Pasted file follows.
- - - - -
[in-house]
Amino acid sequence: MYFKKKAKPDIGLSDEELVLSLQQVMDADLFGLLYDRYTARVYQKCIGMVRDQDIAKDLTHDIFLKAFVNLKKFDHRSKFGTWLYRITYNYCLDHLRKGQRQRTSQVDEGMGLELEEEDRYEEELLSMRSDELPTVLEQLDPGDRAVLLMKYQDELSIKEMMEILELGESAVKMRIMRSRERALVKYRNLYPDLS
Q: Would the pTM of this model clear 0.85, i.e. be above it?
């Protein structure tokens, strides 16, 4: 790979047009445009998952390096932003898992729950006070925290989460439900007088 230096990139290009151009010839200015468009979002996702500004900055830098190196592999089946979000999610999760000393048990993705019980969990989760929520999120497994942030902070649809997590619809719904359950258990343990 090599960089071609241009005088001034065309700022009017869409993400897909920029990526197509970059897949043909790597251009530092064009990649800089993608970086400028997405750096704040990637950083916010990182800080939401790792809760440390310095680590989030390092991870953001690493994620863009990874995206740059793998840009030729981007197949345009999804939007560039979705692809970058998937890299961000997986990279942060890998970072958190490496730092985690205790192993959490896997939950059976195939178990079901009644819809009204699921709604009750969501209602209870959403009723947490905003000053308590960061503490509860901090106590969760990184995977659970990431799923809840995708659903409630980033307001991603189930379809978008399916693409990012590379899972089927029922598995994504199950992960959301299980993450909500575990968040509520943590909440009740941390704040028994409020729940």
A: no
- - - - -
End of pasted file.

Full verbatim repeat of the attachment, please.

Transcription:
[in-house]
Amino acid sequence: MYFKKKAKPDIGLSDEELVLSLQQVMDADLFGLLYDRYTARVYQKCIGMVRDQDIAKDLTHDIFLKAFVNLKKFDHRSKFGTWLYRITYNYCLDHLRKGQRQRTSQVDEGMGLELEEEDRYEEELLSMRSDELPTVLEQLDPGDRAVLLMKYQDELSIKEMMEILELGESAVKMRIMRSRERALVKYRNLYPDLS
Q: Would the pTM of this model clear 0.85, i.e. be above it?
């Protein structure tokens, strides 16, 4: 790979047009445009998952390096932003898992729950006070925290989460439900007088 230096990139290009151009010839200015468009979002996702500004900055830098190196592999089946979000999610999760000393048990993705019980969990989760929520999120497994942030902070649809997590619809719904359950258990343990 090599960089071609241009005088001034065309700022009017869409993400897909920029990526197509970059897949043909790597251009530092064009990649800089993608970086400028997405750096704040990637950083916010990182800080939401790792809760440390310095680590989030390092991870953001690493994620863009990874995206740059793998840009030729981007197949345009999804939007560039979705692809970058998937890299961000997986990279942060890998970072958190490496730092985690205790192993959490896997939950059976195939178990079901009644819809009204699921709604009750969501209602209870959403009723947490905003000053308590960061503490509860901090106590969760990184995977659970990431799923809840995708659903409630980033307001991603189930379809978008399916693409990012590379899972089927029922598995994504199950992960959301299980993450909500575990968040509520943590909440009740941390704040028994409020729940």
A: no